But increasingly the answer is crystal clear. The conservative West Virginia Democrat wants to dismantle President Joe Biden's proposed climate change strategies and social services expansion in ways that are simply unacceptable for most in his party.

19. Chinese users have mixed feelings about LinkedIn departure -

HONG KONG (AP) — For nearly seven years, LinkedIn has been the only major Western social networking platform still operating in China. People like 32-year-old Jason Liu view it as an important career enhancing tool.

20. Biden team asks Supreme Court to pause Texas abortion law -

WASHINGTON (AP) — The Biden administration is asking the Supreme Court to block the Texas law banning most abortions, while the fight over the measure's constitutionality plays out in the courts.

21. EPA unveils strategy to regulate toxic 'forever chemicals' -

WASHINGTON (AP) — The Biden administration is launching a broad strategy to regulate toxic industrial compounds associated with serious health conditions that are used in products ranging from cookware to carpets and firefighting foams.

22. Smartphone producer Foxconn announces electric car venture -

TAIPEI, Taiwan (AP) — The Taiwanese company that manufactures smartphones for Apple Inc. and other global brands announced plans Monday to produce electric cars for auto brands under a similar contract model.

23. TSMC plans chip plant in Japan, says supply shortages easing -

Taiwan Semiconductor Manufacturing Corp. has confirmed it is planning to build a computer chip factory in Japan.

24. Southern Baptist leader resigns amid abuse review division -

NASHVILLE (AP) — A top Southern Baptist Convention administrator is resigning amid internal rifts over how to handle an investigation into the SBC's response to sexual abuse, a decision that underscores the broader ongoing turmoil in the nation's largest Protestant denomination.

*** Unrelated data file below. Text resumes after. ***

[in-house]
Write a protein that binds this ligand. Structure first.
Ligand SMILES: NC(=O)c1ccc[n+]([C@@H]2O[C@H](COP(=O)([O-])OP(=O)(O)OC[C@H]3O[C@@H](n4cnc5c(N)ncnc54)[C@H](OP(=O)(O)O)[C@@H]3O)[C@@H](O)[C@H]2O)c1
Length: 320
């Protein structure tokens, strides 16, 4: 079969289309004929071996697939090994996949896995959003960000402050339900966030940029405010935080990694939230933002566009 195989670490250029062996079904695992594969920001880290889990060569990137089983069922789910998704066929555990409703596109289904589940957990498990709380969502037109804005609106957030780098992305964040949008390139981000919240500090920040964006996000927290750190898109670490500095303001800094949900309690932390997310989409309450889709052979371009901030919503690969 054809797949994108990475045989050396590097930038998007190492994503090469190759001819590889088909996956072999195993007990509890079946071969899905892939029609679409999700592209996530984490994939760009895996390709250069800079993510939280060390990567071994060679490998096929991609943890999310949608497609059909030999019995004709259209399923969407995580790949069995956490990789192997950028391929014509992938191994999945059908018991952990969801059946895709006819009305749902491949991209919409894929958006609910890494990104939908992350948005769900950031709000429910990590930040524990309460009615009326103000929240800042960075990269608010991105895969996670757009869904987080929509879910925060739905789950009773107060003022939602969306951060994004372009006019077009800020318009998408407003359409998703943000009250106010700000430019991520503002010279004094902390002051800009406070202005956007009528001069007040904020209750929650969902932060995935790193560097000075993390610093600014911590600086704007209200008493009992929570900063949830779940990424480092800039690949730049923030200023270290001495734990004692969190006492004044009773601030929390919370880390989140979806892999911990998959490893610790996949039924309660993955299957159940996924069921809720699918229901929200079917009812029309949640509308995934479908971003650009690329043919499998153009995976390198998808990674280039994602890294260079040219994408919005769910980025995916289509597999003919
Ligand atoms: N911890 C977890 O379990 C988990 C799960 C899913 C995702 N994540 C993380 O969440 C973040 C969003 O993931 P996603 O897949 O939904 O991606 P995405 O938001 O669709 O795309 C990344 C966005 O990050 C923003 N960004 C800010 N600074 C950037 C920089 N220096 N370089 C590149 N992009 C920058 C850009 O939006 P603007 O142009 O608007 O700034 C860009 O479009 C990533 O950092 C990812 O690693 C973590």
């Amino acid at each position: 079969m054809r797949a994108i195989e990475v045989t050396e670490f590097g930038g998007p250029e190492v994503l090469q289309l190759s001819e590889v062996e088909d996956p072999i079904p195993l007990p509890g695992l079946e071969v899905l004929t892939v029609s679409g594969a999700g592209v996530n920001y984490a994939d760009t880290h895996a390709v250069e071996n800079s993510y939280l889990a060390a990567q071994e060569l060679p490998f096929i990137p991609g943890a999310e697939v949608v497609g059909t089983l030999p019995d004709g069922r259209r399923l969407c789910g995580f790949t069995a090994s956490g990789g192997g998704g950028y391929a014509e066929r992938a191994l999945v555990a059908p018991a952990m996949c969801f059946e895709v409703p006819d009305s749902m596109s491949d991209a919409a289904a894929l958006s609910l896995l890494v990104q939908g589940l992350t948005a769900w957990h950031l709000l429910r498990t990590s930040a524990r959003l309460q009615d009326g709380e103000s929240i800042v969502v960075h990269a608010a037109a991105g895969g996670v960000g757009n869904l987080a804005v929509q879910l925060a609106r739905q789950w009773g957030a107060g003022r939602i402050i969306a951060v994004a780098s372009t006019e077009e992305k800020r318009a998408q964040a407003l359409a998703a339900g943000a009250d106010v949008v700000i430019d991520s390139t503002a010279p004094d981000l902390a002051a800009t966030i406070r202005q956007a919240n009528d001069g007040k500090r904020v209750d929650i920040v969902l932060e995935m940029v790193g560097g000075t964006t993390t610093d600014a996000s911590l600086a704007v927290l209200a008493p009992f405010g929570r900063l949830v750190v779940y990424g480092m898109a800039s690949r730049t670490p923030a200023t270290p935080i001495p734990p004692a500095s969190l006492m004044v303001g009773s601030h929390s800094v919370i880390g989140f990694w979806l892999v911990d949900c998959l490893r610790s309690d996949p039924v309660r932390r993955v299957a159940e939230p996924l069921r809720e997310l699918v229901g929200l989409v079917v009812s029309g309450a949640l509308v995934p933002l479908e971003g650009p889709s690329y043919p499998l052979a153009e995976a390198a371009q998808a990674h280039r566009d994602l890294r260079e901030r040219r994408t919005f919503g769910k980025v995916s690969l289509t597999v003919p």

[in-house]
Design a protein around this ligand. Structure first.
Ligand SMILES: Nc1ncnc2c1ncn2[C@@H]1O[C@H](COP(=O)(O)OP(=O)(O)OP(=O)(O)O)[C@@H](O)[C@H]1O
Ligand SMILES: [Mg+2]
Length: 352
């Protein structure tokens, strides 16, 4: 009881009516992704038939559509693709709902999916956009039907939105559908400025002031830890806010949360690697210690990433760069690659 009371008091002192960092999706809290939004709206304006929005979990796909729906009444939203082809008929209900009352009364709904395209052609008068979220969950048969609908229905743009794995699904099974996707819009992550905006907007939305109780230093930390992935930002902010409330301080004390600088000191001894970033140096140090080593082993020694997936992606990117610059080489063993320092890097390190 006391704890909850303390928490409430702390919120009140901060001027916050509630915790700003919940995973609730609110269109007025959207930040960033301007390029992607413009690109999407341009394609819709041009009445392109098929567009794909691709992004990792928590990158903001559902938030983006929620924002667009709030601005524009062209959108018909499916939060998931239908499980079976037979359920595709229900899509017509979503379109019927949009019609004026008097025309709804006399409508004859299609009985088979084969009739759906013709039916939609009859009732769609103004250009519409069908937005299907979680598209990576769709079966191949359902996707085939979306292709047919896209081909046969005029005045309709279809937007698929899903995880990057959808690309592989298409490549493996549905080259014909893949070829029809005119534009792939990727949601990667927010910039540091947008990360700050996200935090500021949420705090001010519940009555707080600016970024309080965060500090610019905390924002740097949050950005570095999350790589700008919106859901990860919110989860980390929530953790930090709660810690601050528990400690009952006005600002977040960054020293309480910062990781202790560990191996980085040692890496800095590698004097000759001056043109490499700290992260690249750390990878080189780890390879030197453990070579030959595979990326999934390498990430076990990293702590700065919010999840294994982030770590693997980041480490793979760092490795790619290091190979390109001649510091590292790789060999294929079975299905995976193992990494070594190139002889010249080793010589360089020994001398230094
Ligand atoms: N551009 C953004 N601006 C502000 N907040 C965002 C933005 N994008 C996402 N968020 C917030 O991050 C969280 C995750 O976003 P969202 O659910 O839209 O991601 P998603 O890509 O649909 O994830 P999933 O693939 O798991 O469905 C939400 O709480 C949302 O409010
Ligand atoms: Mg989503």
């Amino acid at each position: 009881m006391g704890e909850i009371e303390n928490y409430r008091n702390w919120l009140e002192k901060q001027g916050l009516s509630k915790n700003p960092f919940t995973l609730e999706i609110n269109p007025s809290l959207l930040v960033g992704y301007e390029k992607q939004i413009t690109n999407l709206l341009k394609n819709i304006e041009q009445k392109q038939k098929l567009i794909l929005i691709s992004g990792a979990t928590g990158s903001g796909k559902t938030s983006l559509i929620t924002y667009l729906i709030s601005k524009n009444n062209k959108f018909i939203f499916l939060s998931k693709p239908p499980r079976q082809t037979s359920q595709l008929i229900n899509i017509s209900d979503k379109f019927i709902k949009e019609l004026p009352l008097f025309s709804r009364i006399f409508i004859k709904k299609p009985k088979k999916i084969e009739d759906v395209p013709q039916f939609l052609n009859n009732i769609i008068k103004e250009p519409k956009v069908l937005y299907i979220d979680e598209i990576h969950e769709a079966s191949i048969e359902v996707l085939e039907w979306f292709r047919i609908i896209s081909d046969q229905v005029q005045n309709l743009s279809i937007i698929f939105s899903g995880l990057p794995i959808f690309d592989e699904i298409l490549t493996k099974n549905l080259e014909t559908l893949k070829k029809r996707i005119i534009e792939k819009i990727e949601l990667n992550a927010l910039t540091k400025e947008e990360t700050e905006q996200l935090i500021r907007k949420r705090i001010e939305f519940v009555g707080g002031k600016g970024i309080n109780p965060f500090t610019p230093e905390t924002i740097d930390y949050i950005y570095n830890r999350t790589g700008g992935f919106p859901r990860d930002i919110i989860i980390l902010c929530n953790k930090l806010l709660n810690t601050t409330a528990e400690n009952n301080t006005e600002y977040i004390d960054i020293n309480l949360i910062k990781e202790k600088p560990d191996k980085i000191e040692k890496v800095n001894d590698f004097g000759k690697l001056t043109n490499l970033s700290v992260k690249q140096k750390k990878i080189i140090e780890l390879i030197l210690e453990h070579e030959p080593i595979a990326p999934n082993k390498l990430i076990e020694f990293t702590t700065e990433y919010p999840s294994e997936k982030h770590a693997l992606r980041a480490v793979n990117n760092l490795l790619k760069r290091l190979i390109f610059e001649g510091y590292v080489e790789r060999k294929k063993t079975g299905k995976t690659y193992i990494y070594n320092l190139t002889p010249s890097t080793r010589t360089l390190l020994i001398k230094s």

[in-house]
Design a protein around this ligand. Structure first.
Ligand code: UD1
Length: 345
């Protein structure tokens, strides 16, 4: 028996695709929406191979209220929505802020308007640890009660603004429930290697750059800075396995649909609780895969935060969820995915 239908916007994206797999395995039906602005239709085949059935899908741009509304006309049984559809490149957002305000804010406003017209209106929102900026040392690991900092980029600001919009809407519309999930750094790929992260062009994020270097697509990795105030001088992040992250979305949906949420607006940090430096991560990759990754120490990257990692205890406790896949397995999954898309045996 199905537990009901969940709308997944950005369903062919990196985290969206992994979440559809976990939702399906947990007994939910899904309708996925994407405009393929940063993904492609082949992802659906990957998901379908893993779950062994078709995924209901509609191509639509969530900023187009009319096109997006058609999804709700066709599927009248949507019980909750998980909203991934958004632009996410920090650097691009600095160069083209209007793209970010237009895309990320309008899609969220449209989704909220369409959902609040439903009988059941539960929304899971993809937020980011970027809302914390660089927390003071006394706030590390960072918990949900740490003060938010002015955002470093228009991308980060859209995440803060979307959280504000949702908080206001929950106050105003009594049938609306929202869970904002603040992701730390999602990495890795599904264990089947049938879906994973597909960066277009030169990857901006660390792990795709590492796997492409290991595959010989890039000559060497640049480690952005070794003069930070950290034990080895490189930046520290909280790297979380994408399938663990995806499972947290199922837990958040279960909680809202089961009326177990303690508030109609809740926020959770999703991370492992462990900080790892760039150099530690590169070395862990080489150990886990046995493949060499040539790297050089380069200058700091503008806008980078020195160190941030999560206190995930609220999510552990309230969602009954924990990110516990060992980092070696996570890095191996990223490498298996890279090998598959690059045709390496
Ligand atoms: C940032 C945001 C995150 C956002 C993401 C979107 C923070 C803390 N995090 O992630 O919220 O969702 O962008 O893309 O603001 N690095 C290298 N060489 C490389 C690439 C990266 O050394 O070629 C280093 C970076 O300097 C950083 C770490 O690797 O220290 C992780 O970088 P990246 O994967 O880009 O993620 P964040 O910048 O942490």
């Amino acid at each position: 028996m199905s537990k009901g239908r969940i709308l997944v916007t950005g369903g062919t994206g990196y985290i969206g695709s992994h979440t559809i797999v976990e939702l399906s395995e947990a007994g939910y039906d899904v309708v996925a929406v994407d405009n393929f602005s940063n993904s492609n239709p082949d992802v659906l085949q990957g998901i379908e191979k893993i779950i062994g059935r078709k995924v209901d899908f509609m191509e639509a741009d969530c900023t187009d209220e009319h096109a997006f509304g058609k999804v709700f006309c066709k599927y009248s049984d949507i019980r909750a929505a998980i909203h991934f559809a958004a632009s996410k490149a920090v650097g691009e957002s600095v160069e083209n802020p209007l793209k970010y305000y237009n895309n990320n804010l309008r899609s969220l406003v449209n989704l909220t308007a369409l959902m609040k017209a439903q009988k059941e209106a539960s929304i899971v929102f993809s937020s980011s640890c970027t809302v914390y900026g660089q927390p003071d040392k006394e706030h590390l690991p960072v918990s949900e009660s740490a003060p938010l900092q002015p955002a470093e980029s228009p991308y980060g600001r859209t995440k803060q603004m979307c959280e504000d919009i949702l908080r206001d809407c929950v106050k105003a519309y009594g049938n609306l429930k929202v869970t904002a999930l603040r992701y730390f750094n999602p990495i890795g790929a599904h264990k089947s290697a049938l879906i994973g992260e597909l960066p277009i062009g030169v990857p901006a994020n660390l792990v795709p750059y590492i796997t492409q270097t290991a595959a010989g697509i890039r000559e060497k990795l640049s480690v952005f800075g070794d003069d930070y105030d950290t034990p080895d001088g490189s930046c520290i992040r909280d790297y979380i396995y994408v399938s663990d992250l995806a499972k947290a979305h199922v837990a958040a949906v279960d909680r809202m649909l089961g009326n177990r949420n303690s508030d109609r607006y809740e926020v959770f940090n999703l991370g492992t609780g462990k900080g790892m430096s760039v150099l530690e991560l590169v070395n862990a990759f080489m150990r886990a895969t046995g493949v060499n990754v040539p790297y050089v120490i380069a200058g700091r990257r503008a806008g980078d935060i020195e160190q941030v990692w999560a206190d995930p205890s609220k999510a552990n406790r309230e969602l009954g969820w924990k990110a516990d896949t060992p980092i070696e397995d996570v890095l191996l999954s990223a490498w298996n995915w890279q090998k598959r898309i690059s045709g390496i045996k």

25. Feds warn companies: Fake online reviews could lead to fines -

WASHINGTON (AP) — Federal regulators say they are cracking down on "an explosion" of businesses' use of fake reviews and other misleading messages to promote their products and services on social media.

26. Chicago police union head urges cops to defy vaccine mandate -

CHICAGO (AP) — The head of the Chicago police officers union has called on its members to defy the city's requirement to report their COVID-19 vaccination status by Friday or be placed on unpaid leave.

27. New wind farms would dot US coastlines under Biden plan -

WASHINGTON (AP) — Seven major offshore wind farms would be developed on the East and West coasts and in the Gulf of Mexico under a plan announced Wednesday by the Biden administration.

The projects are part of President Joe Biden's plan to deploy 30 gigawatts of offshore wind energy by 2030, generating enough electricity to power more than 10 million homes.

28. US, Israel say they are exploring a 'Plan B' for Iran -

WASHINGTON (AP) — The United States and Israel said Wednesday they are exploring a "Plan B" for dealing with Iran if the Islamic Republic does not return in good faith to negotiations to salvage the languishing landmark 2015 nuclear deal.

29. Consortium behind Pegasus Project wins EU journalism prize -

BRUSSELS (AP) — The consortium of journalists behind the Pegasus Project investigation into malware from Israel-based NSO Group that provided further evidence that it was used to spy on journalists, human rights activists and political dissidents, won the top European Union journalism prize Thursday.